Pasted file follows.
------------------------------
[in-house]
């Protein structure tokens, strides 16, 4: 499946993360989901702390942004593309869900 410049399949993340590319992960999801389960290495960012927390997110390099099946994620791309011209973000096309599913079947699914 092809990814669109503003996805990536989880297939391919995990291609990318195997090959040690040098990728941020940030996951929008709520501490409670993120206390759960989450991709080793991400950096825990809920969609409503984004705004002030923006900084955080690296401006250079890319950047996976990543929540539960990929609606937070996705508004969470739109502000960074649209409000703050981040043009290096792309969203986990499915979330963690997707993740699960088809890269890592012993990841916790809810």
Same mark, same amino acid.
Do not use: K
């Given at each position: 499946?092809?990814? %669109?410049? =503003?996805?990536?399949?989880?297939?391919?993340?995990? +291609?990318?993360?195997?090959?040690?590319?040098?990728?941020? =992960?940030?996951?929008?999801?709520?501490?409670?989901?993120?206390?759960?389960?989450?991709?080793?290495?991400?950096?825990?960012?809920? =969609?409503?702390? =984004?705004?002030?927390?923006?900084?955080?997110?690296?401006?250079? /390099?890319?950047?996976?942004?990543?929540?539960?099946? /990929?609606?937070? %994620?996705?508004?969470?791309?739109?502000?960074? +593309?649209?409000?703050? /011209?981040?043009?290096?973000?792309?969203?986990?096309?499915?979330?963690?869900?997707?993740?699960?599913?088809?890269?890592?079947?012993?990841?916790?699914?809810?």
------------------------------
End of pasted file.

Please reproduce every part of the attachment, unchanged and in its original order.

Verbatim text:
[in-house]
């Protein structure tokens, strides 16, 4: 499946993360989901702390942004593309869900 410049399949993340590319992960999801389960290495960012927390997110390099099946994620791309011209973000096309599913079947699914 092809990814669109503003996805990536989880297939391919995990291609990318195997090959040690040098990728941020940030996951929008709520501490409670993120206390759960989450991709080793991400950096825990809920969609409503984004705004002030923006900084955080690296401006250079890319950047996976990543929540539960990929609606937070996705508004969470739109502000960074649209409000703050981040043009290096792309969203986990499915979330963690997707993740699960088809890269890592012993990841916790809810």
Same mark, same amino acid.
Do not use: K
């Given at each position: 499946?092809?990814? %669109?410049? =503003?996805?990536?399949?989880?297939?391919?993340?995990? +291609?990318?993360?195997?090959?040690?590319?040098?990728?941020? =992960?940030?996951?929008?999801?709520?501490?409670?989901?993120?206390?759960?389960?989450?991709?080793?290495?991400?950096?825990?960012?809920? =969609?409503?702390? =984004?705004?002030?927390?923006?900084?955080?997110?690296?401006?250079? /390099?890319?950047?996976?942004?990543?929540?539960?099946? /990929?609606?937070? %994620?996705?508004?969470?791309?739109?502000?960074? +593309?649209?409000?703050? /011209?981040?043009?290096?973000?792309?969203?986990?096309?499915?979330?963690?869900?997707?993740?699960?599913?088809?890269?890592?079947?012993?990841?916790?699914?809810?």